Julian told to go home!

If anybody wants to figure out what is wrong with French rugby they could start by looking into the relationship between Mourad Boudjellal, his Toulon outfit, and French Rugby in general. They could do well to look at Mr Boudjellal’s relationship with his players and coaches too.

Boudjellal is the kingpin in the club-before-country movement, and has recruited more foreign players into French club rugby than anyone else you could name, and then objects to their being released to play for their country in terms of the World Rugby bye-laws. He does not even want his few French players to represent France!

His efforts, the combined impact of importing as many players as possible and the refusal to cooperate in the national interest has contributed directly to the downward spiral of the French national team, as well as the ruination of Toulon as a primarily French club.

His recruitment of foreign players is built on the wobbly foundation of “money buying trophies” – a system that has not really worked too well for him, nor for a number of rugby and football clubs that I could name. (Manchester City?)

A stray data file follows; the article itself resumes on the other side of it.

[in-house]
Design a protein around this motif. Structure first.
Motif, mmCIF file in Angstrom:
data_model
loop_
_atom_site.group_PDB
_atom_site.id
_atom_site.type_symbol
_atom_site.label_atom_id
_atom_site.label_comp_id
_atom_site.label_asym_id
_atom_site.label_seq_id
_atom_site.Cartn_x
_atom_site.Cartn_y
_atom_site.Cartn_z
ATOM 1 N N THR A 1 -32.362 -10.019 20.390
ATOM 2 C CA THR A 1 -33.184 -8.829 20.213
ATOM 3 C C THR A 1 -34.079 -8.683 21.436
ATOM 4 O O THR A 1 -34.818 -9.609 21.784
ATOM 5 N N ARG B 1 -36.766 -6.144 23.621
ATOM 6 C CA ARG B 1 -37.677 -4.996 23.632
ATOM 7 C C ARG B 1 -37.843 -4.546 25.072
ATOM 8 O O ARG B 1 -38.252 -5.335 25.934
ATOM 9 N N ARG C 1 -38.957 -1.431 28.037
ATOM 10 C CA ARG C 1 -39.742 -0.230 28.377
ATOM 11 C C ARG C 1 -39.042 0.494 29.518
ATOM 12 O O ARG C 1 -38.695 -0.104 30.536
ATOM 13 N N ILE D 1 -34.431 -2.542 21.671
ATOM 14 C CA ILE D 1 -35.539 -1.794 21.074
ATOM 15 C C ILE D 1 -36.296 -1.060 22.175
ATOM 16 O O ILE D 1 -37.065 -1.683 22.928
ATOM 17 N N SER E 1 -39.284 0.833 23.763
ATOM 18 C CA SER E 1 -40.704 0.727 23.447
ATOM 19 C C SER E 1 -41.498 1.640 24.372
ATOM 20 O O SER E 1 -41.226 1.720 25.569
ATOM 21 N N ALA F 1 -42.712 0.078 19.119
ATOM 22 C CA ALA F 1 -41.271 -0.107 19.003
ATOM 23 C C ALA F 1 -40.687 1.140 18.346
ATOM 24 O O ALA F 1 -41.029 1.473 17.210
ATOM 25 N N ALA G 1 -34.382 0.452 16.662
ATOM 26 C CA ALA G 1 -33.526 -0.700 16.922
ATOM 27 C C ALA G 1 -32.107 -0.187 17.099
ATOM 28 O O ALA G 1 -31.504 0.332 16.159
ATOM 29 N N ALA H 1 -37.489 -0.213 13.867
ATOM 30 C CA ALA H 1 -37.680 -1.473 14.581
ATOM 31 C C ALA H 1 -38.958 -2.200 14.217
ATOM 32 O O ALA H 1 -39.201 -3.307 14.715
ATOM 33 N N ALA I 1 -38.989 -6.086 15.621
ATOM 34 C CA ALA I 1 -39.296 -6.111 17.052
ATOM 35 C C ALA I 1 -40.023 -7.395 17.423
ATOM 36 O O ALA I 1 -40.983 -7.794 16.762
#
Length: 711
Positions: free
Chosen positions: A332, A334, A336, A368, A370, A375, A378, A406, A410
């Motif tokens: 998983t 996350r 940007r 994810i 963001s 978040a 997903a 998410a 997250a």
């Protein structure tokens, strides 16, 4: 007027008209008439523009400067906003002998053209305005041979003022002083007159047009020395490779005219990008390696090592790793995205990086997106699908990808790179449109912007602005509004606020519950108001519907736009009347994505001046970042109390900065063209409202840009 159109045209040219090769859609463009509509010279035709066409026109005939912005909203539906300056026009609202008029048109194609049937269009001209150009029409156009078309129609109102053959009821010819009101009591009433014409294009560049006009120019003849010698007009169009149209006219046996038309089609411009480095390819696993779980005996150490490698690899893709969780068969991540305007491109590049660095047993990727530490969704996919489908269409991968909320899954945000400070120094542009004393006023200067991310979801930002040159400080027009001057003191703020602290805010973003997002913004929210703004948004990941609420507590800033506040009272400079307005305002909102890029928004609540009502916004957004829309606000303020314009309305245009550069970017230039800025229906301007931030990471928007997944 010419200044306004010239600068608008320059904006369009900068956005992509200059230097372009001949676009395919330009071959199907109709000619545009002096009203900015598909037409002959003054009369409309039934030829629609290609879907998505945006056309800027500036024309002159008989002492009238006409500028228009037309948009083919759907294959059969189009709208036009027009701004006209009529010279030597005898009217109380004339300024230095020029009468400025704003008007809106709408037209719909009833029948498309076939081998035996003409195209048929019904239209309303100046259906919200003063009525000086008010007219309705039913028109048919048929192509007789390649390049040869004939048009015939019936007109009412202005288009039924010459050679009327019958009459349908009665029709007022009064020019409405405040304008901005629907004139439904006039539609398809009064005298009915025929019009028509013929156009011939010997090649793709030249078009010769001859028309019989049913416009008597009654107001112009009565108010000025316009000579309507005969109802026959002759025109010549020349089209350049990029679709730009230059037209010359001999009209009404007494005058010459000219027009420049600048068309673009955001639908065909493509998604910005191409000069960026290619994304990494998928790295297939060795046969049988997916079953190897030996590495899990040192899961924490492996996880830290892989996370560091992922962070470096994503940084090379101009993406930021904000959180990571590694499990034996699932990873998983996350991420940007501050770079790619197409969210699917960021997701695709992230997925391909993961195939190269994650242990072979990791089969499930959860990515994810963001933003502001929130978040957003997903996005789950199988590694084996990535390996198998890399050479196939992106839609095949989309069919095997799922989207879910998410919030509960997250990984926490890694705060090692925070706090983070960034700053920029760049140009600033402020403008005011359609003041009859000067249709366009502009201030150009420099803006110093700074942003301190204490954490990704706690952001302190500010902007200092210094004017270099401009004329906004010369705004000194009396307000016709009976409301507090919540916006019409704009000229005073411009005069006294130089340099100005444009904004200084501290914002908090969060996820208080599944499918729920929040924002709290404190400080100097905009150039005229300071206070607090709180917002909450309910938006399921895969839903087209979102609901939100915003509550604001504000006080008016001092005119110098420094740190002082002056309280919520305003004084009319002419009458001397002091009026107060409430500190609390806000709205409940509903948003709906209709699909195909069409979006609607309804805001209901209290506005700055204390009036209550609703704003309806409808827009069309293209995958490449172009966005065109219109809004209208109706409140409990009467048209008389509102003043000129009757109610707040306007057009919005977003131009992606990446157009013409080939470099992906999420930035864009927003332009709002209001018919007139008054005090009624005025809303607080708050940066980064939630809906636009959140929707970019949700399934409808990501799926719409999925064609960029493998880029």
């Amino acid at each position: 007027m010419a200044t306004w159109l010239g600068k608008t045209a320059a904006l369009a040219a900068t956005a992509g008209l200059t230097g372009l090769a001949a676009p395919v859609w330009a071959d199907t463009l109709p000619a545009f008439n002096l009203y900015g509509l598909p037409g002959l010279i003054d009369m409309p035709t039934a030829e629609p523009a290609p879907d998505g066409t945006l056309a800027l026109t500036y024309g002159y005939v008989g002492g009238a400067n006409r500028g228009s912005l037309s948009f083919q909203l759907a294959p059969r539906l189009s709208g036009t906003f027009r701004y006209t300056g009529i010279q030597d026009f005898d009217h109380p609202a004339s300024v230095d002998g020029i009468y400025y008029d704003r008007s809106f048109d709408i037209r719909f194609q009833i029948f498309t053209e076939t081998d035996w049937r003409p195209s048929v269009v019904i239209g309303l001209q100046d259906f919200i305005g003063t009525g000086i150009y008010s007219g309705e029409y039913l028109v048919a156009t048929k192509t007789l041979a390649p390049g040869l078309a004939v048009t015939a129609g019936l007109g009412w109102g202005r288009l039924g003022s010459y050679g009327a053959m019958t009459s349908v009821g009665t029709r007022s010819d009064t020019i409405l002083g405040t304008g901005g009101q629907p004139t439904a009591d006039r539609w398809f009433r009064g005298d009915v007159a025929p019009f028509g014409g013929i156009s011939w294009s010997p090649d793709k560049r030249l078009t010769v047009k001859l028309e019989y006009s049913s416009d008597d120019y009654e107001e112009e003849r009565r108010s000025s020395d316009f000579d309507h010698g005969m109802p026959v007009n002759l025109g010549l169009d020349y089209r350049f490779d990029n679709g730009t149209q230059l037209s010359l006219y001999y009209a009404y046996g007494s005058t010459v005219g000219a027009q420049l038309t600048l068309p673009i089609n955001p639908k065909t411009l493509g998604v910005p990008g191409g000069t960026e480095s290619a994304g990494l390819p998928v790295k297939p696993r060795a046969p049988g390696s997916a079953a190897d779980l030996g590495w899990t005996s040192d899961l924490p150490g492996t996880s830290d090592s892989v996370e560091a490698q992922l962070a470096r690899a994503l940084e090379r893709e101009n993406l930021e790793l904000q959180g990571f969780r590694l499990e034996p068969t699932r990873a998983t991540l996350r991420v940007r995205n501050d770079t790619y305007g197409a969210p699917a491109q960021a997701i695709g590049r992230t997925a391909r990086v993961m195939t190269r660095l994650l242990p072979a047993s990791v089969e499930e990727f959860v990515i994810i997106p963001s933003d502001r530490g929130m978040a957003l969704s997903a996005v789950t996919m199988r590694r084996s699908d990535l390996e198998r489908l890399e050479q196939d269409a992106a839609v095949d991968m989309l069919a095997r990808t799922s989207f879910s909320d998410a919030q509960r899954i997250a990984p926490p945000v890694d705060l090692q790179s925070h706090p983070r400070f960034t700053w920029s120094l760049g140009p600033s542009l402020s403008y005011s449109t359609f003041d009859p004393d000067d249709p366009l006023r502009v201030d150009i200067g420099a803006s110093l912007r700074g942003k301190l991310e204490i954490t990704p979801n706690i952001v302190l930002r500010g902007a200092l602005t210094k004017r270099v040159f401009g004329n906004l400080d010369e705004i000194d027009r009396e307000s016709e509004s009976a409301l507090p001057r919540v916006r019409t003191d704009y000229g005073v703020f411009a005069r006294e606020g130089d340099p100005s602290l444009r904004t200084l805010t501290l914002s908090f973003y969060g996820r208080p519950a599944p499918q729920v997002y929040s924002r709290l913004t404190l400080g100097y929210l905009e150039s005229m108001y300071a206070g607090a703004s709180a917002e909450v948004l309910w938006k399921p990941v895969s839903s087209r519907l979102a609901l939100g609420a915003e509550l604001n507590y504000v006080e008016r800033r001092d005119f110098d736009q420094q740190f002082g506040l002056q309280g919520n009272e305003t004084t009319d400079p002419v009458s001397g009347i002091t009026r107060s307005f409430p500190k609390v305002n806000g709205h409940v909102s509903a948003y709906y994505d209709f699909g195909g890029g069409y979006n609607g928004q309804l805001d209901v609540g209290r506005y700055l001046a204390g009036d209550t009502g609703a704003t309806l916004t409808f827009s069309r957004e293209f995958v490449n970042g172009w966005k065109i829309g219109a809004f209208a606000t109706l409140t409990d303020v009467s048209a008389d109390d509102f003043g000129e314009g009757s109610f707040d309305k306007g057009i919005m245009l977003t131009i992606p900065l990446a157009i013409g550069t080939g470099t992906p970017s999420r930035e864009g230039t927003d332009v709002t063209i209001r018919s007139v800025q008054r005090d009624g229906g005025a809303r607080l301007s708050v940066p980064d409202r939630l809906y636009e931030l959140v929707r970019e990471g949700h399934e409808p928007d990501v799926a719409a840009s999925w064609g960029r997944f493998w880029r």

The reality is that he has constantly sought to recruit a couple of ex-All Blacks, a few ex-Springboks, and a handful of others from across the globe and hope that the recruits will bring him the trophies and the glory he so desperately craves.

The problem is that those southerners, the Kiwis and the Boks, the Aussies too, thrive in conducive rugby conditions, conditions that put the game ahead of the glory. None of the recruits relish the dog eat dog tribal mess that is French rugby. They do not always fit into the French scheme of things.

Sometimes the recruitment drive has bought a spectacular player – Bryan Habana and Duane Vermeulen spring to mind, but all too often Boudjellal’s money has bought something less than expected.

When Boudjellal signed Julian Savea from the Hurricanes some were a little surprised that the All Black was prepared to walk away from New Zealand and a possible place in the All Black Squad. Others were surprised at the ease with which New Zealand rugby let him go.

Wise heads pointed out that Julian Savea, for all his wonderful exploits as a younger, leaner, hungrier player, has been something of a disappointment for some four years or so. After a spectacular couple of years when he arrived on the rugby scene, he has slipped steadily back from the standards that he himself set. He showed up at the Hurricanes pre-season camp in 2015 overweight, and completely unfit, so much so that he was left out of the Hurricanes playing squad and sent off to lose weight and get fit. He did make it back to something close to his peak form later in 2015, but in 2016 he repeated the exercise, showing up carrying a lot of Christmas pudding around the middle and under his jaw, and way off the expected pre-season fitness levels required by his employers. Once again, he was sidelined by his coach in the early season games.